The profile isn’t as dramatic but this is a hard 200km route at the best of times, today there’s a heatwave. Expect a fight to get in the breakaway and with luck suspense to the end for the stage win.
Stage 12 Review: Hennie Kuiper famously said “racing is licking your opponent’s plate clean before starting on your own“. Yesterday Joaquim Rodriguez polished off 21 plates before enjoying his own dessert. A breakaway of 22 riders went away after the early intermediate sprint and soon enouhg it was no procession with attacks starting on the Col de la Core to thin the group. Each time someone attacked Rodriguez sat tight and digested the efforts of others. Take the Portet d’Aspet where Kristian Đurasek sprinted over the top to take the points only to vanish soon after. Even more strange was Michał Kwiatkowski and Sep Vanmarcke crossing the penultimate climb together, a scene from a spring classic rather than a mountain stage of the Tour de France. Behind Astana and Ag2r La Mondiale led the chase, Rodriguez was cleaned more plates. He then devoured Jacob Fuglsand and Romain Bardet to take a solo stage win, his face grimacing like a Catalan Voeckler.
There was the second race from the peloton. Contador attacked, Nibali attacked, Valverde attacked, Quintana attacked, Froome attacked. Tejay van Garderen didn’t. Geraint Thomas was chasing and set sections of social media on fire. Presumably from those who’d missed his climbing in the Tour de Suisse, Paris-Nice or the Volta ao Algarve earlier this year. None of this vouches for him, it’s just a performance in the Tour de France attracts so much more attention. His only apparent difficulty was when Froome attacked. As well as Thomas a headwind on the plateau helped to shut down the moves. Pierre Rolland said he was “saved” by the headwind, a resuscitated Bauke Mollema said it “killed” him.
- Km 131.0 – Côte de Saint-Cirgue, 3.8 kilometre-long climb at 5.8% – category 3
- Km 156.5 – Côte de la Pomparie, 2.8 kilometre-long climb at 5% – category 4
- Km 167.0 – Côte de la Selve, 3.9 kilometre-long climb at 3.7% – category 4
The Route: the opening part of the stage includes a series of uncategorised climbs amid the exposed terrain of the Lauragais and makes ideal terrain for a breakaway to go.
The second half of the stage gets hillier and more awkward. After Villefranche d’Albigeois the race drops down to the Tarn valley and then climbs back up again to Saint Cirgue, 3.8km at 5.8% but on a rough road that’s as rasping as cat’s tongue. The race never cuts to the backroads but the surface is rural rough for a lot of the way.
After two more marked climbs there’s the uncategorised climb out of the Viaur gorge, much of which is a very long straight piece of road, awkward for a surprise attack. Over the top and it’s a gradual descent into Rodez.
The Finish: glance at the stage profile for the day and it looks like nothing special but this has a big uphill kick to the line, 9.6% for 560m. It’s all on a wide road and finishes outside the HQ of RAGT, the agricultural firm that sponsors the Tour’s team prize.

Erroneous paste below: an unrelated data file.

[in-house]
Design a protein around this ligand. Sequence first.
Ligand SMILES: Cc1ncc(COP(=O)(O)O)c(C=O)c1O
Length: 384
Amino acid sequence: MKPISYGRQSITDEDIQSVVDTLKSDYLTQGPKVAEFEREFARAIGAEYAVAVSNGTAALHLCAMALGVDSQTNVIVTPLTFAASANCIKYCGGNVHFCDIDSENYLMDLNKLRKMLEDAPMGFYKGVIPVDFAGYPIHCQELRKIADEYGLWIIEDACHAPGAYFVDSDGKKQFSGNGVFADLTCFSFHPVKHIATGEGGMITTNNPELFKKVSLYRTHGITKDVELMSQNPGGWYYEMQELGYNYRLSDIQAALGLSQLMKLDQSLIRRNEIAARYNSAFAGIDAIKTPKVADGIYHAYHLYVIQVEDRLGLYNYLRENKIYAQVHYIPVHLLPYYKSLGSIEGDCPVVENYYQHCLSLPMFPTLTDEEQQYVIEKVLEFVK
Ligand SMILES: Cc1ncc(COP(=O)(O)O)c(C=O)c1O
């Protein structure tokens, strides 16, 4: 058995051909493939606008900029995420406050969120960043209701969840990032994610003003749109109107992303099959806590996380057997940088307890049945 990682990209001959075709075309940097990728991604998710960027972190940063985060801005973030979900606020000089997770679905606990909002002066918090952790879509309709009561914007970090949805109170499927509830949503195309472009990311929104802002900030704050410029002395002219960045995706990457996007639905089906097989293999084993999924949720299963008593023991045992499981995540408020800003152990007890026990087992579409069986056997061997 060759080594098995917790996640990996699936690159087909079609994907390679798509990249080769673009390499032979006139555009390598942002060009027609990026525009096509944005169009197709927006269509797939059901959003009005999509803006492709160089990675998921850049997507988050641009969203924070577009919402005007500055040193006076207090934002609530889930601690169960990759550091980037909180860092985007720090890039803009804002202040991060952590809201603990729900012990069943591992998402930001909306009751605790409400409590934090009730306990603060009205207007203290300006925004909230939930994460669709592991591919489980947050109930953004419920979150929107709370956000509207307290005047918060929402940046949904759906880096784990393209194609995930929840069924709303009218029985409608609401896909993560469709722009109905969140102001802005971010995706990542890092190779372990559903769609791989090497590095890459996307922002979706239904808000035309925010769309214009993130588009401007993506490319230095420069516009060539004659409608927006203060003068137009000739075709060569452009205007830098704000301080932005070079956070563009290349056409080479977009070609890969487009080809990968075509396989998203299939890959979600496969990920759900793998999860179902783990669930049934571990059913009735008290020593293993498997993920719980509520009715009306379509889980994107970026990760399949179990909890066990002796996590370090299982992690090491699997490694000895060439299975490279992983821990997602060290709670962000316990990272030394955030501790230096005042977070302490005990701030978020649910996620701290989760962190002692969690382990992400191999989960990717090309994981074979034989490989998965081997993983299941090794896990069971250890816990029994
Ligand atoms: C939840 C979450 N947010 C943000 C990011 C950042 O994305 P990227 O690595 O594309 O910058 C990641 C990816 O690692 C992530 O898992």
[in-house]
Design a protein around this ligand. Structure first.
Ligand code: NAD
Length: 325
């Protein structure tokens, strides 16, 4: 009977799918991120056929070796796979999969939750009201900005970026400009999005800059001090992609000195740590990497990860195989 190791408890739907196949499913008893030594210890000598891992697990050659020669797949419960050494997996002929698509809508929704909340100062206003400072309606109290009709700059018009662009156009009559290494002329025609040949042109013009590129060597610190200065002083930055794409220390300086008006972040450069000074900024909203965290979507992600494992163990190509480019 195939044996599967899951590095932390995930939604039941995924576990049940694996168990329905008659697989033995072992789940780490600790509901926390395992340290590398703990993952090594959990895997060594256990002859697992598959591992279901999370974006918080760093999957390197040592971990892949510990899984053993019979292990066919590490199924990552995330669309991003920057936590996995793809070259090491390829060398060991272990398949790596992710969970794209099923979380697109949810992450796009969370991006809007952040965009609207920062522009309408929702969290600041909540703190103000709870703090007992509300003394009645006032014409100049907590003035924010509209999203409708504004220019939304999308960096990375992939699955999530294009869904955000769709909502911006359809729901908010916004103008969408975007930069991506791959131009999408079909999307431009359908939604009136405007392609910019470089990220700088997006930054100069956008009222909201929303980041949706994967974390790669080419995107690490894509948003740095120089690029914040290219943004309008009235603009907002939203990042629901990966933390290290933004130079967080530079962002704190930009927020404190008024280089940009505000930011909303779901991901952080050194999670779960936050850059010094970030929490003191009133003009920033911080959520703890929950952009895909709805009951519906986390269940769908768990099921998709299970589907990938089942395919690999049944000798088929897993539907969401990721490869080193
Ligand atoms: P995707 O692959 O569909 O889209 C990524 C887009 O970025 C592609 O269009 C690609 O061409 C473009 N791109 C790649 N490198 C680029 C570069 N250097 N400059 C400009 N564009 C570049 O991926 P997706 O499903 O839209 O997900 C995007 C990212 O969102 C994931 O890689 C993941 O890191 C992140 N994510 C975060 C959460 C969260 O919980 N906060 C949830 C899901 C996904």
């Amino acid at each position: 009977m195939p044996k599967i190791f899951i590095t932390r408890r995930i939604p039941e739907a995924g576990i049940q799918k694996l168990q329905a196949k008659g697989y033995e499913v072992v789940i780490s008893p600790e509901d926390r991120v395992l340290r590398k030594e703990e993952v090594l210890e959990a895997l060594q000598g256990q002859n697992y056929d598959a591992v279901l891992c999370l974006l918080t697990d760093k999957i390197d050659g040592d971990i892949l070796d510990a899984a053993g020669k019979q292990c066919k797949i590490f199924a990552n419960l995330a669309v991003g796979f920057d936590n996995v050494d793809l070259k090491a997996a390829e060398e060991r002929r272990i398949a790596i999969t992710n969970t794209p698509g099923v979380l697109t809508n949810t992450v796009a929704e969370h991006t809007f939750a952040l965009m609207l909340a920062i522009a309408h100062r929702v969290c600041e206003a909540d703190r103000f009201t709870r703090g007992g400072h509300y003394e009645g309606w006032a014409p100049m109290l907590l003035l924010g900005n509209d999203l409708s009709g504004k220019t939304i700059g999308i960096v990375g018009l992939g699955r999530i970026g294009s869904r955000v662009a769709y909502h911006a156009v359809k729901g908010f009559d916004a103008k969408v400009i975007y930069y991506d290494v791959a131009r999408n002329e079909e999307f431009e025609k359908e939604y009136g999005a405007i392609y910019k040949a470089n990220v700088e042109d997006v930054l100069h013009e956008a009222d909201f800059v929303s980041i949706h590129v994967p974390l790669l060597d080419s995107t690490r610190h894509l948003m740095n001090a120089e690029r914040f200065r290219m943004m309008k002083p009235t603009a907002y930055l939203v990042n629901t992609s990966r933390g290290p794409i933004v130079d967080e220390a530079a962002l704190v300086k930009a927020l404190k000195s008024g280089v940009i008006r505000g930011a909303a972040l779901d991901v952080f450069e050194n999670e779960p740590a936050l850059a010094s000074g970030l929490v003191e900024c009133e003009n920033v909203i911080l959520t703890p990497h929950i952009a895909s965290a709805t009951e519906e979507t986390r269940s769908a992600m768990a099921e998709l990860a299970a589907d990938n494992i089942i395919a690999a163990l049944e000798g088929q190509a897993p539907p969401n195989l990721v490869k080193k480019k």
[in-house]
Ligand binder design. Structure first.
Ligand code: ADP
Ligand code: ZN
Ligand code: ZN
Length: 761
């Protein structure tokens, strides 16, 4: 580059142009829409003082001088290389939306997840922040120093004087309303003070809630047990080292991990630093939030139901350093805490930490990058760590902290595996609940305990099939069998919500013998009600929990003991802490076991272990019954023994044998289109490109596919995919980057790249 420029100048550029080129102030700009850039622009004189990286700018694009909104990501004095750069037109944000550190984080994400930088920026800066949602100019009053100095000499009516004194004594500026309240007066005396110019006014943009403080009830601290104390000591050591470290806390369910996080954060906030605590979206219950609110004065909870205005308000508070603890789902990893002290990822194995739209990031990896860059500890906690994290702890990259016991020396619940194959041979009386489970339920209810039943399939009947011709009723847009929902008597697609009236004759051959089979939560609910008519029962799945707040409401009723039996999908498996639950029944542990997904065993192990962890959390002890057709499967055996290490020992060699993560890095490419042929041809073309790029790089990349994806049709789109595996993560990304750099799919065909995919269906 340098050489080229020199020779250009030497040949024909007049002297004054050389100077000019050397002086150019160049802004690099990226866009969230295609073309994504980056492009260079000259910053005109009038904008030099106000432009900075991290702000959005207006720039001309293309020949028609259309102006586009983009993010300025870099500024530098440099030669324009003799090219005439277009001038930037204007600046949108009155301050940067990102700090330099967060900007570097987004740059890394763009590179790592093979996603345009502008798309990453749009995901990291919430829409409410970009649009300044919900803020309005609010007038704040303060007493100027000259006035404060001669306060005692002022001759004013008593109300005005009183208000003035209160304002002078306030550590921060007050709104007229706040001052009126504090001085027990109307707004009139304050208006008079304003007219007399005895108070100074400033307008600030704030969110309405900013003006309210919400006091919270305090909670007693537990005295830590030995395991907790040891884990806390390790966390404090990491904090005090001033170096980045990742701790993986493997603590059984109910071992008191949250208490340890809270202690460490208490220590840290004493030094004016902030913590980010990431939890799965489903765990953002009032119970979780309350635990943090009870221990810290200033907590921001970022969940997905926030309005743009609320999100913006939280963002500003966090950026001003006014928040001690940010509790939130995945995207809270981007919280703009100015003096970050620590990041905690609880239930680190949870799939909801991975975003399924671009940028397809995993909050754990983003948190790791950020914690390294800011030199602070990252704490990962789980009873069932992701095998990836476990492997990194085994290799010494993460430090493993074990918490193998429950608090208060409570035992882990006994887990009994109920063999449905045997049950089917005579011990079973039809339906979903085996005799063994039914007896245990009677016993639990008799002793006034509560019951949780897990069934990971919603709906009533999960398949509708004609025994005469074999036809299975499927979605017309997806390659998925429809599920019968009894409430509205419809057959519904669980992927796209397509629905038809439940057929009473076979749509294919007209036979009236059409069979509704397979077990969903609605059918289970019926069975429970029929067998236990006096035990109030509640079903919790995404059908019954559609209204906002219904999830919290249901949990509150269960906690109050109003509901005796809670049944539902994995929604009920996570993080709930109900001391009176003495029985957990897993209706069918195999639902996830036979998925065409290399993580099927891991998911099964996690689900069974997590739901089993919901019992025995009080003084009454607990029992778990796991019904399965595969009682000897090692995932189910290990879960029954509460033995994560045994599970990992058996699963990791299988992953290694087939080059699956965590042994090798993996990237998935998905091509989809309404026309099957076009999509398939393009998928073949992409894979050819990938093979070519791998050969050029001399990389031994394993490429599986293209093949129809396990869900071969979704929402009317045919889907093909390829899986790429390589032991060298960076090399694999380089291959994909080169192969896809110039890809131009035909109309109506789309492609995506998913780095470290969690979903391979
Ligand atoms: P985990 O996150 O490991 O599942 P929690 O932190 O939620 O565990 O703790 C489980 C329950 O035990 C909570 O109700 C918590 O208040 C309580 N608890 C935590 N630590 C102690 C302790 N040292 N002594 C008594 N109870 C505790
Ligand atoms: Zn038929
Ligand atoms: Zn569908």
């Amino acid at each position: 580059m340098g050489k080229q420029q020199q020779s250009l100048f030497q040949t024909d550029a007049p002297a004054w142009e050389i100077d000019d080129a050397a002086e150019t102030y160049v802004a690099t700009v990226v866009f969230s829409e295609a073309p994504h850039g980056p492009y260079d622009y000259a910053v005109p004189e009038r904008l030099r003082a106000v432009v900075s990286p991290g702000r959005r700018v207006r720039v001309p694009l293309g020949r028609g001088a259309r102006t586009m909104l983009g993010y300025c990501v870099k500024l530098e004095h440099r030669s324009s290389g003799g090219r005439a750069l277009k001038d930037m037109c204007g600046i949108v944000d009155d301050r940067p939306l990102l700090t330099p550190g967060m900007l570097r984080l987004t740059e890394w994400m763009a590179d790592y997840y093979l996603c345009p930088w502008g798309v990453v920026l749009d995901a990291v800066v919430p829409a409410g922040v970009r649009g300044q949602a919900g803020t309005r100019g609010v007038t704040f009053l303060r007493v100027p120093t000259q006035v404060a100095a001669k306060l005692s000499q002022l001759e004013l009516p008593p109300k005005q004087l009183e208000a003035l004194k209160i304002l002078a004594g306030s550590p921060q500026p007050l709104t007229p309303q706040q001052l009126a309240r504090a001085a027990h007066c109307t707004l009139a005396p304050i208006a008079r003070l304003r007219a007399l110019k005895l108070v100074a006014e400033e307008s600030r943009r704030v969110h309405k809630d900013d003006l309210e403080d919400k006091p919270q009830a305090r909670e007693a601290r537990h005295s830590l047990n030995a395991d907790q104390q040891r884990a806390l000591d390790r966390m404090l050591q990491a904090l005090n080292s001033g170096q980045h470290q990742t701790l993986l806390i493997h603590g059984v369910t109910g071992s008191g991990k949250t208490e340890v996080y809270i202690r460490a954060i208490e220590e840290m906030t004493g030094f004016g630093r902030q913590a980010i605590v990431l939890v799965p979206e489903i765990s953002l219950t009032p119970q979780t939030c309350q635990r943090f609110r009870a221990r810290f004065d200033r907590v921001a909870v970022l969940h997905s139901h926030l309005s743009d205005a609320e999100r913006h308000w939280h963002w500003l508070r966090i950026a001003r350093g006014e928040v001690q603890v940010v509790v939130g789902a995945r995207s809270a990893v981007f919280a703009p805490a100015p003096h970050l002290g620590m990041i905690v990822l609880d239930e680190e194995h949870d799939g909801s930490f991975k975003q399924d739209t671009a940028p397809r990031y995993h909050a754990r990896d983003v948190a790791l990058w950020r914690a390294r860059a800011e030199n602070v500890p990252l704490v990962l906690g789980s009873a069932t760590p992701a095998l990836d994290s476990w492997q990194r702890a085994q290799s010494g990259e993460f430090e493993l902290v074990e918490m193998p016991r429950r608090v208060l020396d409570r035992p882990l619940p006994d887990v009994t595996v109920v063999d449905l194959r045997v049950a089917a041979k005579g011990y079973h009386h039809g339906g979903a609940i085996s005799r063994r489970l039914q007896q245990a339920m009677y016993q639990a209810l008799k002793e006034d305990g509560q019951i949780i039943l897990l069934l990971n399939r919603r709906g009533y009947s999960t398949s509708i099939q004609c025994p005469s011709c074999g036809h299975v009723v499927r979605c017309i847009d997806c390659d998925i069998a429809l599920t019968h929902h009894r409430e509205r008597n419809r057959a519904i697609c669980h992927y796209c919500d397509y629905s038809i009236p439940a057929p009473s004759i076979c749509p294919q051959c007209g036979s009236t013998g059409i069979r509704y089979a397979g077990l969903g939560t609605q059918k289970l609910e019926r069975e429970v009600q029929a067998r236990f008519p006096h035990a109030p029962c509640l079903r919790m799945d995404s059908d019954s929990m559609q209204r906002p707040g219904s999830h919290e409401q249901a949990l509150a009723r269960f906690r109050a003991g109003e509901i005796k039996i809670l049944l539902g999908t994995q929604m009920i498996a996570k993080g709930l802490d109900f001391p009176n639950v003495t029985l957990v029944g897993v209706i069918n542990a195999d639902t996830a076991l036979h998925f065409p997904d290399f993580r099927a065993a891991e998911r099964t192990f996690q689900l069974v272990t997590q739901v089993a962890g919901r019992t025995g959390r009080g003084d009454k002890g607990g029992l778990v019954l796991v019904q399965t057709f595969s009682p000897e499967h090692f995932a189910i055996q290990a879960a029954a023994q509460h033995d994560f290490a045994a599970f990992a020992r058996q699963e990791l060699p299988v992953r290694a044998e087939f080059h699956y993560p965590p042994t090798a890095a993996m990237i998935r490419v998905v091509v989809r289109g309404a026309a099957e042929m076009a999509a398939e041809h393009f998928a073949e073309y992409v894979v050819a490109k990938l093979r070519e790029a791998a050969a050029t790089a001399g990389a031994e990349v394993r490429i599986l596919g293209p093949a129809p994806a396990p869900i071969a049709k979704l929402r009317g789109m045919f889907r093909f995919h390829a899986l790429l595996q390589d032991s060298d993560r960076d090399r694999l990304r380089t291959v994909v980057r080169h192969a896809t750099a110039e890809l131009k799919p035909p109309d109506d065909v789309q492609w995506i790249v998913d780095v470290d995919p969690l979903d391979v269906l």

The Contenders: Peter Sagan is the default pick. The uphill finish is just within range for him and he can take points for his green jersey where other sprinters cannot. The last time the Tour came to this region Sagan set his Cannondale team to work and they ejected the sprinters and he won; the route was very different but you get the picture. However will Sagan deploy his team or try to in the break? Maybe both because if he goes up the road he can get the intermediate sprint too and if he misses the move he could always set some of his team to work.
Tony Gallopin is a good pick from the bunch but his new-found GC status means he’ll be heavily marked and is only the pick from a bunch sprint. Zdeněk Štybar can take the sprint too, no need to jump like he did in Le Havre. Alexis Vuillermoz won on the Mur de Bretagne and was excellent on the Mur de Huy but today’s finish might not be steep enough.
The local rider is Alexandre Geniez, the Colossus of Rodez. He should be extra motivated today but a win seems hard. He’s taken a stage of the Vuelta before and finished ninth in the last Giro and must be sapped by this. He’s a diesel type so if he gets in the day’s break he’ll have to barge away before the final climb. Finally Michael Matthews would have been the prime pick but he’s still nursing injuries and carrying that lanterne rouge.
|Zdeněk Štybar, Adam Yates, Tony Gallopin|
|Vuillermoz, Navardauskas, Huzarski, Geschke, Voeckler, Simon, Gauthier, Bakelants, Machado|
Weather: hot and sunny with a top temperature of 35˚C and a light 10km tailwind just to make things hotter. On a hot day a tailwind is a tease as it means less of breeze, especially on the climbs.